In India, there are approximately 650 small and large scale paper industries discharging approximately 190-200 m3 effluent per ton of paper production as aquatic pollutants8. Furthermore, the recent study has also revealed that some of these compounds showed EDCs effects on aquatic organisms. Moreover, there is still a lack of detailed knowledge on the estrogenic and androgenic compounds from pulp paper industry effluent and their toxicity in the aquatic organism. Therefore, optimizing bacterial growth conditions by adding different nutrients and providing good environmental conditions might be an effective strategy for detoxification. However, there is lack of understanding on the controlling factors for biodegradation of complex organic pollutants derived from several polluted sites. In-situ bioremediation has been introduced as an cost effective and less tedious approach in re-developing any contaminated site. Additionally, the identity of the microbial community and required environmental conditions should be detected before specification for bioremediation function. Three types of bioremediation processes are generally used for the in-situ bioremediation process of any complex industrial contaminants viz. natural attenuation, bio-stimulation and bio-augmentation.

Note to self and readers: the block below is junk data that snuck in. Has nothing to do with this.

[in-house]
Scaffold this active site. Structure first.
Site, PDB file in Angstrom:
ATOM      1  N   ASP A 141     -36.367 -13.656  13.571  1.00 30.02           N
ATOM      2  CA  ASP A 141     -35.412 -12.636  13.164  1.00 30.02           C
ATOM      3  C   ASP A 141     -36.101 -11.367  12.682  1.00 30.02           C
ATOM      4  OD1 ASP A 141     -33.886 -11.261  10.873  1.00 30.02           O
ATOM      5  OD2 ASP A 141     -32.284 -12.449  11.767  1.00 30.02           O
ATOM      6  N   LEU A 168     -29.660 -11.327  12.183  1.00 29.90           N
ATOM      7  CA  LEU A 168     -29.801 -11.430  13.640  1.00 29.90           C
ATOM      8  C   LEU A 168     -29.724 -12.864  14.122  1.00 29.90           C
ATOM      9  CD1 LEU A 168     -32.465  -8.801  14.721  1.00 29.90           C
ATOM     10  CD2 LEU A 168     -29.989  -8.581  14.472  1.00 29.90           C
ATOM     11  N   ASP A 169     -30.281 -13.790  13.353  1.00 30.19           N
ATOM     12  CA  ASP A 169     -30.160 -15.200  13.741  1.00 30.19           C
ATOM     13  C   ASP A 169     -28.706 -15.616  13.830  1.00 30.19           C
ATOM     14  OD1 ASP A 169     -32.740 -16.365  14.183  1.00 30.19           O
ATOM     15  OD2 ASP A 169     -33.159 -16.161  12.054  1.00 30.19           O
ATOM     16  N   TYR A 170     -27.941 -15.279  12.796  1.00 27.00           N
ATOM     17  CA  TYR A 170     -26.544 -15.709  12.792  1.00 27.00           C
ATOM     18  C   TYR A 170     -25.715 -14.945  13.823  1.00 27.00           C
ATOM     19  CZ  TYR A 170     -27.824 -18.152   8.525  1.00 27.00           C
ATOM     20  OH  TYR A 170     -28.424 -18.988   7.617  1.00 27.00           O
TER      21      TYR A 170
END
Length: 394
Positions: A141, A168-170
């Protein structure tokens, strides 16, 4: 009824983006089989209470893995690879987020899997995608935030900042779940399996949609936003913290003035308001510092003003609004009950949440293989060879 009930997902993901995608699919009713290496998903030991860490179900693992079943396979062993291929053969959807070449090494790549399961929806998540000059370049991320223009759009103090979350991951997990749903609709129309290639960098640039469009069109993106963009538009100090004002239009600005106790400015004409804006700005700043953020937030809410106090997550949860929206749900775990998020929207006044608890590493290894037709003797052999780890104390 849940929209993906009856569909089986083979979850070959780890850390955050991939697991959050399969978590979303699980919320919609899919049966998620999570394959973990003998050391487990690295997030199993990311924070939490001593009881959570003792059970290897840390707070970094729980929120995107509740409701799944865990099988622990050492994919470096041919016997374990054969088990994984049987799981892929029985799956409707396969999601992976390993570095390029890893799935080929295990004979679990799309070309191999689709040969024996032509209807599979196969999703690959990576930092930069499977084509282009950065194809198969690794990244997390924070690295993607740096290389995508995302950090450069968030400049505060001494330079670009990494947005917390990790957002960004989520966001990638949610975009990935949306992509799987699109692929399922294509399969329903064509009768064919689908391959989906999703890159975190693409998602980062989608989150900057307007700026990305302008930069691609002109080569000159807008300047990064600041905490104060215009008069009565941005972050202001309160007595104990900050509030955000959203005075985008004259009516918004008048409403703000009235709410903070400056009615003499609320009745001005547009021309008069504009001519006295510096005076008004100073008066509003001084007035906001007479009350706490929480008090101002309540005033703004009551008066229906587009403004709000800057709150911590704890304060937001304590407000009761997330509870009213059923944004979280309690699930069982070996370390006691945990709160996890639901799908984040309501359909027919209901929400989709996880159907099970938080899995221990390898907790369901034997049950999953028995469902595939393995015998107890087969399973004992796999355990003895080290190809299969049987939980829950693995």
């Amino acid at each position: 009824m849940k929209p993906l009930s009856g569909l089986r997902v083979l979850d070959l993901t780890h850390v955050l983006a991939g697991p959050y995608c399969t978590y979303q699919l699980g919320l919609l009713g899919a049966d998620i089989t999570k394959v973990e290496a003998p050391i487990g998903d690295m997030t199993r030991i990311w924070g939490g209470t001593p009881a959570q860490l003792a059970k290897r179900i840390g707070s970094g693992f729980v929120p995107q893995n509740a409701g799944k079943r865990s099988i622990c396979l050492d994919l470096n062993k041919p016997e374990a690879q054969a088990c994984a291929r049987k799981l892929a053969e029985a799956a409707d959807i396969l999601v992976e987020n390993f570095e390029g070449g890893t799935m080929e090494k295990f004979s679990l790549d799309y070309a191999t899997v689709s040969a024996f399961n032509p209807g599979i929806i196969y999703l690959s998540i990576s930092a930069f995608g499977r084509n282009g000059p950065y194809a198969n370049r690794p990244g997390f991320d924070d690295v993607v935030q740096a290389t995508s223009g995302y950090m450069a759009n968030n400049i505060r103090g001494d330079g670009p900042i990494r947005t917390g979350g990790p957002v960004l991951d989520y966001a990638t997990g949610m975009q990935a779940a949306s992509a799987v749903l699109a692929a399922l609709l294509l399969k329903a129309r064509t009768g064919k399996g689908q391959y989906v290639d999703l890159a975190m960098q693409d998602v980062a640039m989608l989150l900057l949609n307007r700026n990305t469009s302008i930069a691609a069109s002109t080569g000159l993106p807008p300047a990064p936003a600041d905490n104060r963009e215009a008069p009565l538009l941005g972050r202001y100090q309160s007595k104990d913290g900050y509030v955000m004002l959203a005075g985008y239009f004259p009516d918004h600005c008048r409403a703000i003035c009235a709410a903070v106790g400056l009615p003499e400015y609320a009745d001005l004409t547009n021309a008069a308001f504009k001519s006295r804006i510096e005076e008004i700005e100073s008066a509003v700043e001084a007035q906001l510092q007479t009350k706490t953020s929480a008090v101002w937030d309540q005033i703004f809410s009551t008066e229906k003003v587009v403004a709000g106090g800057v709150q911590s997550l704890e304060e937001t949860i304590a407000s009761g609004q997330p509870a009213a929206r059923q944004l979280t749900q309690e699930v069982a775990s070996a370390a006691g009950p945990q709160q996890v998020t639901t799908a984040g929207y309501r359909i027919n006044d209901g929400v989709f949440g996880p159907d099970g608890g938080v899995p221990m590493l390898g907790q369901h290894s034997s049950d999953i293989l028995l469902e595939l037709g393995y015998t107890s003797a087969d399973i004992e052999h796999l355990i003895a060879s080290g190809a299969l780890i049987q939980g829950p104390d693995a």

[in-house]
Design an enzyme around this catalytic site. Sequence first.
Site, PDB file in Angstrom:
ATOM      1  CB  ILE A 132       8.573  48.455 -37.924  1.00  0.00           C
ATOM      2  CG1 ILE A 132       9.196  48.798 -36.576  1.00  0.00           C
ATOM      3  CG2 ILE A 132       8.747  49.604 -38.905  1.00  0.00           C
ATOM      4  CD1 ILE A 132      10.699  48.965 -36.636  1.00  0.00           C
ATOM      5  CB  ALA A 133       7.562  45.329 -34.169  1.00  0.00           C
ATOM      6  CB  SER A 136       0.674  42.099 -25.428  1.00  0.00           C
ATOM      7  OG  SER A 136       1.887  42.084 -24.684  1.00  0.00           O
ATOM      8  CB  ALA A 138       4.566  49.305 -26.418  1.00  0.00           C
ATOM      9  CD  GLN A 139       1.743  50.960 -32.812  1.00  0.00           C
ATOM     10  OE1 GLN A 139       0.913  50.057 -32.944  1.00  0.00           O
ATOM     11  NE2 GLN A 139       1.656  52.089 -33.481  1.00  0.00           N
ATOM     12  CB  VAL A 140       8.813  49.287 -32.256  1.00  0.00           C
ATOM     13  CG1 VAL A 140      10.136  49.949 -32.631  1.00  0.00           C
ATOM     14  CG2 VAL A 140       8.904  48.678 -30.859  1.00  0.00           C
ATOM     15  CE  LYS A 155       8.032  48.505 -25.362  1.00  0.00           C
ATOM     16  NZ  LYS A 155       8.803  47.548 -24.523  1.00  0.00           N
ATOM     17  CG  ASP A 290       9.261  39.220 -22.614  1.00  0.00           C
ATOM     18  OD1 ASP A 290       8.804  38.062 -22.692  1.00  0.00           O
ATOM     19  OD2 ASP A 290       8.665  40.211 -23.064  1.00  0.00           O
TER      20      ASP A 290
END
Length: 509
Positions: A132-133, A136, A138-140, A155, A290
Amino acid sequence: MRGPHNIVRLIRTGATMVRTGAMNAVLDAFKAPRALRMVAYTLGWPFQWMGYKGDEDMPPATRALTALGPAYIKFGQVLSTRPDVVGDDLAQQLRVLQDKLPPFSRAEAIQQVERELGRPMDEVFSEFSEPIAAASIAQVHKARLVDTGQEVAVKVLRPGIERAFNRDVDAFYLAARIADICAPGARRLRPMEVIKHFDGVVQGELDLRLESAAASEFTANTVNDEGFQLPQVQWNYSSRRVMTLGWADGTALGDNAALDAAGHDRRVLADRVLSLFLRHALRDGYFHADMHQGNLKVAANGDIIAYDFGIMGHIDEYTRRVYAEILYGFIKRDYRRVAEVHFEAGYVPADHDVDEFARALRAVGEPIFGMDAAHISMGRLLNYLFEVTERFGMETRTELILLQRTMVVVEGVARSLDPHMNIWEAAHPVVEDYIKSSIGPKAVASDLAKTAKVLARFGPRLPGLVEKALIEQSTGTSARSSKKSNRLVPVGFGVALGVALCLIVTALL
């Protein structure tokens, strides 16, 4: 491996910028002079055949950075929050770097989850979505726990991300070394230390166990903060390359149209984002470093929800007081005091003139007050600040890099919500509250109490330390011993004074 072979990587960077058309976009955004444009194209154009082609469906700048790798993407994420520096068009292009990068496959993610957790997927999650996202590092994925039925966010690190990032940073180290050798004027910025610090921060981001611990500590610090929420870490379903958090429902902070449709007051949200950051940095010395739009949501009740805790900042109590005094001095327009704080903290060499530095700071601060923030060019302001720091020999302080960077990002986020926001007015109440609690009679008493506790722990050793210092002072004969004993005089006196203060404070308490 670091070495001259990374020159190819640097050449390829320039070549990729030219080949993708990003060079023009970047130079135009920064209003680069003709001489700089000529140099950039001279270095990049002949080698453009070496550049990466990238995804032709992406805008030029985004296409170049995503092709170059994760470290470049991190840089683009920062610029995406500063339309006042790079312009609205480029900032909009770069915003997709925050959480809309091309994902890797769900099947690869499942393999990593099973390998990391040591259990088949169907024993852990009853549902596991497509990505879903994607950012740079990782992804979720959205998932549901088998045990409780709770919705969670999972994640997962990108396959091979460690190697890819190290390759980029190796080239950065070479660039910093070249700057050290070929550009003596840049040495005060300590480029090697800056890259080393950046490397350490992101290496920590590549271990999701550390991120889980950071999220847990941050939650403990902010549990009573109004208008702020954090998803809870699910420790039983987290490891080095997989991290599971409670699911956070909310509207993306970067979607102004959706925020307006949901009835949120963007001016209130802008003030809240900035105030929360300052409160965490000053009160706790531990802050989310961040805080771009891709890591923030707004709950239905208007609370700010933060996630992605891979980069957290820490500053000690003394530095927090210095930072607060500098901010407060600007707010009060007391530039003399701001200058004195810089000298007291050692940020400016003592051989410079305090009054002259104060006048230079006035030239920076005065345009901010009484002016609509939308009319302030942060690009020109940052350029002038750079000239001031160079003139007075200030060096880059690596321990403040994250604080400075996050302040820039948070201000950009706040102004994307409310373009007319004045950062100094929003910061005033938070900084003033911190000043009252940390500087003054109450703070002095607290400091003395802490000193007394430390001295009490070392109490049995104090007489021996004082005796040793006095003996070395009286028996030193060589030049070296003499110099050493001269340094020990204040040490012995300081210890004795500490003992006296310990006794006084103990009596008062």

Bio-stimulation process involves adaptation to the contaminated site to provide a favourable environment for bacterial communities for effective natural degradation of different pollutants9. Several persistent organic pollutants (POPs) are present in industrial wastes which are known to be silent environmental killers due to their bio accumulative and long-lasting existence10, 11. Furthermore, isolated bacterial strains from compost soil i.e. Azotobacter sp. and Serratia marcescens might degrade and decolorize lignin-containing effluents while Bacillus subtilis and Bacillus sp. are responsible for kraft-lignin degradation12. The quality of water is highly detoriated by surpassing TDS, TSS, BOD and COD values. Moreover, the dark colour and high turbidity of effluent due to suspended solids, TSS, TDS and TS can further cause river pollution and compromise the drinking water quality. The pulp paper industry effluent absorbs more light and reduces the oxygen concentration in water thereby affecting the aquatic life due to presence of tannins and resin acids13. While the change in the colour and water quality nearby the industrial area makes it unsafe for drinking purpose. The leaching property of different effluent pollutants is a major source of ground pollution. Pollution of our environment by heavy metals particles is a very dangerous and challenging problem for the country14,15. Earlier, three potential bacterial strains viz. Panibacillus sp. Aneurinibacillus aneurinilyticus and Bacillus sp. were identified and characterized from sludge for synthetic lignin degradation and metabolic properties using gas chromatography-mass spectrometry (GC-MS) analysis respectively16. Similarly, the Bacillus sp. and Serratia marcescens were also reported to cause degradation of the pentachlorophenol containing effluent in the presence of about 94% nutrients in optimized in-vitro conditions. Thus, these studies report the degradation and detoxification capability of bacteria for chlorolignins containing effluent17. The removal of heavy metals from contaminated water and soil by employing electro-coagulation for the waste management methods has been previously described18,19. Therefore, the present study was designed to focus on the characterization and identification of residual organic pollutants and their phytotoxicity for ecological risk assessment. However, during the biostimulation process, the role of microbes is very interesting and important for the remediation of these pollutants. Furthermore, 16s rRNA sequencing of two potential bacterial strains isolated during the biostimulation process is important. This will lead to develop in-situ bioremediation technology for the removal of color and reduce the toxicity in the effluent to prevent pollution prevention. The industry (K R pulp paper mill Ltd) selected for sampling, discharges huge amount of effluent (200 m3 of effluent/ton of paper production) which pollutes the environmental pollution and also deteriorates the surface water quality. Additionally, the observation reveals the leaching of pollutants to groundwater and soil which adversely affect human health, but the toxicity data is not published.